Some of the newer facilities in China and other nations might look great and produce milk, but the cost of production is significantly higher. The handful of efficient low-cost producers are not growing as fast as latent demand is growing.

“[Milk producers] in the United States are a very stable, mature, incredibly efficient organization. As they try to work their way to that level of efficiency, their costs will continue to increase,” said McCloskey, who believes U.S. costs will continue to improve as U.S. farmers uncover greater efficiencies.

All acknowledged, however, that the future is not without risk. The interconnectivity and globalization that brought about growth also brought new problems, said Goldin, including rising inequality within societies, pandemics, terrorist attacks, and the unintended consequences of our success like climate change and obesity. Volatility, corruption and geopolitical disagreements don’t help.

While many risks are beyond a company’s control, Goldin offered this advice to have the best chance of success: “Invest in being best in class because best in class will always win.”

Most of the presentations have been posted to the USDEC website. To download, click here.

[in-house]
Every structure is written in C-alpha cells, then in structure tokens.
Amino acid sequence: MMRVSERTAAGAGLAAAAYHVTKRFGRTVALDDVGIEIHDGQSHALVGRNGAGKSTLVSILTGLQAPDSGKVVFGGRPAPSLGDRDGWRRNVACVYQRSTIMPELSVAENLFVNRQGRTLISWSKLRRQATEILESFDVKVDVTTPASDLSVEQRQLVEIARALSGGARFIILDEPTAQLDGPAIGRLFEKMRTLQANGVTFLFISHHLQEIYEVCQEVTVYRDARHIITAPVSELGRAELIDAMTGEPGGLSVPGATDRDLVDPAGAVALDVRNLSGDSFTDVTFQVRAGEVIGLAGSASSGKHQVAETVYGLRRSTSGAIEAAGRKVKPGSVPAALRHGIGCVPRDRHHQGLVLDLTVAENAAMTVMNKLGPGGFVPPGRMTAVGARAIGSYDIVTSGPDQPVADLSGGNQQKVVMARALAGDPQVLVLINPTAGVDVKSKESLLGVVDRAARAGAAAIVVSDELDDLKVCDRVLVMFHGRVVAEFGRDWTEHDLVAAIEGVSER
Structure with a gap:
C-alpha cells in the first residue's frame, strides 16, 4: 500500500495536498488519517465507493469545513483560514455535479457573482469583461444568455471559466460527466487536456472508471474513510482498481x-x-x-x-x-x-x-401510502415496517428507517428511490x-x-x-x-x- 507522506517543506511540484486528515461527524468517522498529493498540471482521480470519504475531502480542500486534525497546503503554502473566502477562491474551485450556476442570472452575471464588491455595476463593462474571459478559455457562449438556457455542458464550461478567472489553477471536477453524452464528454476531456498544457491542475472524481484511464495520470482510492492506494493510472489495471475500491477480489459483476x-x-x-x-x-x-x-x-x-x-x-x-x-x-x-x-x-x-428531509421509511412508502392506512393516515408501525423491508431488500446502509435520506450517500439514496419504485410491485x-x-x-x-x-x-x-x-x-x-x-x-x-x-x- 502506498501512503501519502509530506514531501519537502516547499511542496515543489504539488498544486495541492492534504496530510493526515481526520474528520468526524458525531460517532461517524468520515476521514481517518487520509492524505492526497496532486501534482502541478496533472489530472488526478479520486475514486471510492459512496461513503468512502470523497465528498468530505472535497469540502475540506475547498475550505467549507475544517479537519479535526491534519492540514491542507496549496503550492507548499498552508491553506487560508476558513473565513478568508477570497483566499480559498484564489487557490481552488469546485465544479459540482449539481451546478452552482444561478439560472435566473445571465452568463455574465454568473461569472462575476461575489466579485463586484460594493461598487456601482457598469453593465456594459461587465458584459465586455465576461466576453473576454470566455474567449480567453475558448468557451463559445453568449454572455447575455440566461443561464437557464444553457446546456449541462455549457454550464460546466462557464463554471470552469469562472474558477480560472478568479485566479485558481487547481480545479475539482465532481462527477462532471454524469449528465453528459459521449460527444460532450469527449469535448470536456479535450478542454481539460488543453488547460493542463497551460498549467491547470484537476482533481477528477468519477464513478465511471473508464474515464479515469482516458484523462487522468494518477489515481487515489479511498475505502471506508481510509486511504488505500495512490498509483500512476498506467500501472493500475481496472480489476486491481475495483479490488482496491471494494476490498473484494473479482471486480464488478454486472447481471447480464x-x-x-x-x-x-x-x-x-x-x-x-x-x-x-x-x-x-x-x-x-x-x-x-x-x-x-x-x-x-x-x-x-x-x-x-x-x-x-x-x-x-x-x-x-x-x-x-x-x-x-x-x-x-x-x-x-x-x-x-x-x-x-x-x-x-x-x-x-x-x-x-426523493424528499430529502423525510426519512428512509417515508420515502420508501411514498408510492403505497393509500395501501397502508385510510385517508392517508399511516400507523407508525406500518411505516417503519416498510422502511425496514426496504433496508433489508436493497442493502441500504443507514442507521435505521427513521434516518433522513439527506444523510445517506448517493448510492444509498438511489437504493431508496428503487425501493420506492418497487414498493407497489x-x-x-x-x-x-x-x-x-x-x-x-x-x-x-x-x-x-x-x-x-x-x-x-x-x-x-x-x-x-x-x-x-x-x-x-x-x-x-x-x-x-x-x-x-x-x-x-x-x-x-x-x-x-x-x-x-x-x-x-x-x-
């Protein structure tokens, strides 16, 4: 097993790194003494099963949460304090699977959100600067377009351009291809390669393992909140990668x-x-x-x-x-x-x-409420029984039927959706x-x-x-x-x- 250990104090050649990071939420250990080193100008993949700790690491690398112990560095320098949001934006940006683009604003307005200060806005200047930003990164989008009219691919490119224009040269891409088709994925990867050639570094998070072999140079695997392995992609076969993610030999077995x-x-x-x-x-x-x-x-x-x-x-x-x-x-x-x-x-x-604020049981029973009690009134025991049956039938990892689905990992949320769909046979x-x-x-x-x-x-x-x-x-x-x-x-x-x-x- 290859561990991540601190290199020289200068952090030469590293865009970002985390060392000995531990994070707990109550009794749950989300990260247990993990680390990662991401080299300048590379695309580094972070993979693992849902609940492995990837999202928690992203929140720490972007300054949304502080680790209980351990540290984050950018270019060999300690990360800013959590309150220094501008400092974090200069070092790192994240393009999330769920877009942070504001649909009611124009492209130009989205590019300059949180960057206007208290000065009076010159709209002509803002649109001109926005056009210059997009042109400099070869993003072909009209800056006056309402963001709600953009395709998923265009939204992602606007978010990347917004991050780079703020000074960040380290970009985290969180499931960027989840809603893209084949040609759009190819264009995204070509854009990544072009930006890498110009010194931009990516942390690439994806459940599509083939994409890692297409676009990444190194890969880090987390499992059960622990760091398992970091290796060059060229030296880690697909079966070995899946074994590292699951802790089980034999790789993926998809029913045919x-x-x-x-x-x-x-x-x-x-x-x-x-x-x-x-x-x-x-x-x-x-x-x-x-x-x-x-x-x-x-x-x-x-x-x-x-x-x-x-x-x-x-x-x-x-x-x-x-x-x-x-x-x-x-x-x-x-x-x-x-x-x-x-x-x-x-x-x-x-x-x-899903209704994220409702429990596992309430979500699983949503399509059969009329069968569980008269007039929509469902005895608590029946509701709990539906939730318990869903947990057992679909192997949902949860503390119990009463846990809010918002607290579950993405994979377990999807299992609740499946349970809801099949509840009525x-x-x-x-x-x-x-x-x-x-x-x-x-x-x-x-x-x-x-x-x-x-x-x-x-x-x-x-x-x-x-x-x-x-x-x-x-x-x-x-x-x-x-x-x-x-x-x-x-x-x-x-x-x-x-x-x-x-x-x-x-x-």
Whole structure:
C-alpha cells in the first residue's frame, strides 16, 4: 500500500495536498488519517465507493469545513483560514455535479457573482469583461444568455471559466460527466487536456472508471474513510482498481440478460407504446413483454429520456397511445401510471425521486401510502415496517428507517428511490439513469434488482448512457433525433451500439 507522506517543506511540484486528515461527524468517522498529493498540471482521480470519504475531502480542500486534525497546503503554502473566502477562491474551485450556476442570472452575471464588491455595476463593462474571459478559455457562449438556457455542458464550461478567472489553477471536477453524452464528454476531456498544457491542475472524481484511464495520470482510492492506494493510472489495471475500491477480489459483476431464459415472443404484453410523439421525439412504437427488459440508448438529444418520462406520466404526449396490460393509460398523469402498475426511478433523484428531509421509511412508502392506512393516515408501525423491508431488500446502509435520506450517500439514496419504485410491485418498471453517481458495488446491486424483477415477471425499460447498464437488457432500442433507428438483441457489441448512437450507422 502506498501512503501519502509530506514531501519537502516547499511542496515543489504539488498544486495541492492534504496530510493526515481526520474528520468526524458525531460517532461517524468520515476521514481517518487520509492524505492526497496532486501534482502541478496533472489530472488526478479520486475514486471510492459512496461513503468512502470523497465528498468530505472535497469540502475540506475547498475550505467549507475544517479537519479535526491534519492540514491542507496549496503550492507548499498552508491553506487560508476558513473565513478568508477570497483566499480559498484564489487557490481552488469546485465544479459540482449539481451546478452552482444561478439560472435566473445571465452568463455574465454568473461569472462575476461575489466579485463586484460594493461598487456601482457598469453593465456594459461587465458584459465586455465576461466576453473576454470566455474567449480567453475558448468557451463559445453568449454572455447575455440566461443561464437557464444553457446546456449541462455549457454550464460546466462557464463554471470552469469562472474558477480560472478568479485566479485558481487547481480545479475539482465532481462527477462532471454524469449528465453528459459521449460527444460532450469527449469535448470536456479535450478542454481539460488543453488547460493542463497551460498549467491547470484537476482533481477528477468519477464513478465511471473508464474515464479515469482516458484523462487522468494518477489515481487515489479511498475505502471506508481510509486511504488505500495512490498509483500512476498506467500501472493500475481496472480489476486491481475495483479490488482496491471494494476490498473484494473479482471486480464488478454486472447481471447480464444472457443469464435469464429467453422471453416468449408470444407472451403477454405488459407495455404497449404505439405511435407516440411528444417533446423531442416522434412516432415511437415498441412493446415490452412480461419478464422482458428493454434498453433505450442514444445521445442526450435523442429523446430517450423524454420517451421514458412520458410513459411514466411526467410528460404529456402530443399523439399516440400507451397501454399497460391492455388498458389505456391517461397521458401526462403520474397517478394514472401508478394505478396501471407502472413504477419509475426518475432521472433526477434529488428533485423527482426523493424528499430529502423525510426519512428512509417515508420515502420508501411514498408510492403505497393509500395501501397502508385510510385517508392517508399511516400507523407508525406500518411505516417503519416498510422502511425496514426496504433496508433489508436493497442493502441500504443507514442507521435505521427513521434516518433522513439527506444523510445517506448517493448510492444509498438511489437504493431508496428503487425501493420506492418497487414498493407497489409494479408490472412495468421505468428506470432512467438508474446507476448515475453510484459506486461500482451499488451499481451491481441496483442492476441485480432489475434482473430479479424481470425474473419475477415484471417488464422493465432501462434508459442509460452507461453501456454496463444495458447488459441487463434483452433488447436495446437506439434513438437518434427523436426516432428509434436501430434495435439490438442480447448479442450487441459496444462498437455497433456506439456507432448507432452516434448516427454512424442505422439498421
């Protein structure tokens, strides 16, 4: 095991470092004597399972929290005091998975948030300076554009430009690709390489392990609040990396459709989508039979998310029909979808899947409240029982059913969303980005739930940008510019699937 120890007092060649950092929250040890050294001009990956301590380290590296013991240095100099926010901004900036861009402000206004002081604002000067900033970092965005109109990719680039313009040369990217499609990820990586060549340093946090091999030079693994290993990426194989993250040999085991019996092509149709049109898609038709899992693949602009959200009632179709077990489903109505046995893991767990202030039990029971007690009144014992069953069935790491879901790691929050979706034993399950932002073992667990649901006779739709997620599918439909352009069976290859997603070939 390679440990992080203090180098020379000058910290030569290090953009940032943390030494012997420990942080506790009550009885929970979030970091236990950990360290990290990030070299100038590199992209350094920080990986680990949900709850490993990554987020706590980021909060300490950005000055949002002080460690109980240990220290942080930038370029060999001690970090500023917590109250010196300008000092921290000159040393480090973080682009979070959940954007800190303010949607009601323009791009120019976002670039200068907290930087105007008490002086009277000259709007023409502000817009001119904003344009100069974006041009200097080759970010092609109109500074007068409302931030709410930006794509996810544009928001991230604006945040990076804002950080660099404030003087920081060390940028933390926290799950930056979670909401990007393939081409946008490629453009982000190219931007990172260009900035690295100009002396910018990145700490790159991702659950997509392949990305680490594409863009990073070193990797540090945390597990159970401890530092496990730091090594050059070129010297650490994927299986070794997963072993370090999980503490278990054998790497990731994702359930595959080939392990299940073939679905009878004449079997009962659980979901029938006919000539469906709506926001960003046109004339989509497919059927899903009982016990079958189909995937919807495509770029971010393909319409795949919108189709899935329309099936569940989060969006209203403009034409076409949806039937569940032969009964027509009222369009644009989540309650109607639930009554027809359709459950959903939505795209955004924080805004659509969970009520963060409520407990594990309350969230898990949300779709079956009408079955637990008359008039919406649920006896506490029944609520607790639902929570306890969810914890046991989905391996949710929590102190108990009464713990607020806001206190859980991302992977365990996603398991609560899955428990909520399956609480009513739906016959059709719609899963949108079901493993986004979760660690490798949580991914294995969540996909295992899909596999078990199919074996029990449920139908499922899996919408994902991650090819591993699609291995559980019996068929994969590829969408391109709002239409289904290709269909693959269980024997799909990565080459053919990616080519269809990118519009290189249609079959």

Welcome new members!

The USDEC board officially welcomed eight new members at this Board of Directors and Membership Meeting: Cheese Merchants of America, Bartlett, Ill.; Red Apple Cheese, Watertown, Conn.; Steuben Foods, Elma, N.Y.; Burt Lewis Ingredients, Chicago; Alpura International, Sante Fe, N.M.; Idaho State Department of Agriculture, Boise; Mead Johnson Nutrition, Glenview, Ill.; and World Grocer, Turlock, Calif. New board members are as follows: Scott Jaffe, COO of Cheese Merchants (; Kevin DiStasio, international sales development at Red Apple (; Darius Schwartz, VP at Steuben Foods (; Vincent Curtin, president at Burt Lewis (; Humberto Mayorga Spinola, Alpura’s general director (; Laura Johnson, bureau chief, market development division, Idaho Ag Department (; Audrae Erickson, VP, external and public affairs, at Mead Johnson (; and Don Day-Gomes, VP sales and business development, World Grocer (


GDT plunges 10.8 percent

The GlobalDairyTrade (GDT) Price Index plummeted 10.8 percent to an average winning price of US$2,746/ton at the April 1 auction. The past two auctions have nearly wiped out the gains made over the first two months of 2015.

Fonterra’s improved milk production forecast (see Global Dairy eBrief, 4/3/15) and addition of 6,230 tons of WMP to GDT auctions over the next three months, plus concerns over the start of quota-less milk production in the EU on April 1 helped drive down prices.

Declines were across the board. WMP fell 13.3 percent to an average winning price of US$2,538/ton; SMP dropped 9.9 percent to US$2,467/ton.

Cheddar decreased 10.5 percent to US$2,787/ton, butter fell 7.6 percent to US$3,259/ton; AMF slipped 5.3 percent to US$3,663/ton; casein dropped 8 percent to US$6,980/ton; and buttermilk powder plunged 25.1 percent to US$2,130/ton. (USDEC staff; GDT; Dairy Trader, 4/1/15)

Euronext plans futures launch this month